– The shit that kids have to deal with at home” can’t necessarily be altered by our “problem solvers” — but it can be addressed: school based mental health programs; sports, arts, and other recreational programs; mentorship programs; early intervention programs that address health, school readiness, and social development; are all helpful interventions. Kids at risk need peers who are doing well, and mentors and teachers who can support them. And it would be step in the right direction if kids affected by poverty had access to neighborhoods, housing, and schools that are not overwhelmingly populated by impoverished kids.
      It would be great if DC had a program like Geoffrey Canada’s Harlem Children’s Zone — with interlocking services for children at risk and families in crisis.

      • Anonymous

        Kenilworth-Parkside is seeking to do something like that. They are one of the 57 Promise Neighborhoods across the country; the US Dept. of Education’s Promise Neighborhoods initiative and grant funding is based on/inspired by the Harlem Children’s Zone model. Of course, those efforts take time to build, and there are nowhere near enough resources to put a Promise Neighborhood or HCZ into every community that needs one. But if anyone wants to learn more about the DC initiative, their website is DCPNI-dot-org.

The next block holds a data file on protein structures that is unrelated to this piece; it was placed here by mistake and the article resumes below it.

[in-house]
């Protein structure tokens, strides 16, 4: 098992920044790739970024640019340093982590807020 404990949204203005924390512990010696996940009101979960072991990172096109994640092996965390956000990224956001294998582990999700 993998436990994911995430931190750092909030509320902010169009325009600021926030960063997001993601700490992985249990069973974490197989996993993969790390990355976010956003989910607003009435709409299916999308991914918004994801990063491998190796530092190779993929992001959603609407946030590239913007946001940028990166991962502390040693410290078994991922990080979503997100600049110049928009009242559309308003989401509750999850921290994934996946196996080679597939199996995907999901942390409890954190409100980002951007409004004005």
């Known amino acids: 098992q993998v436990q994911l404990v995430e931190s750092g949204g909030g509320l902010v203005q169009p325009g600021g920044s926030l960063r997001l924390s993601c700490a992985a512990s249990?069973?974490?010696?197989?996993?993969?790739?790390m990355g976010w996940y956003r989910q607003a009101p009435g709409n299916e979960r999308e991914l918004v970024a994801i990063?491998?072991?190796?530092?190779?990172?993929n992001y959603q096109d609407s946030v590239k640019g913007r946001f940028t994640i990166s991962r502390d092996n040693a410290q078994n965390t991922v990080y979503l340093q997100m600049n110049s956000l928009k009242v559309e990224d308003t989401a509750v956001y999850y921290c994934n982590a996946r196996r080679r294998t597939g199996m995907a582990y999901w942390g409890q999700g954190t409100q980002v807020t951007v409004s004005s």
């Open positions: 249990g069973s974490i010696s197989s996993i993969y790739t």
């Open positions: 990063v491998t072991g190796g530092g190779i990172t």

• Blithe

          Thanks for the info! This sounds like something that I might want to get involved with!

  • Anonymous

    Sentencing laws too. 15 years for second degree murder is sending the wrong message to the kids in DC who like to bring us violence weekly.

    • tomindc

      Who got 15 years for second degree murder?

      • Anonymous

        Check the record, plus or minus a few, it happens all the time in DC.

        • tomindc

          What records are you referring to?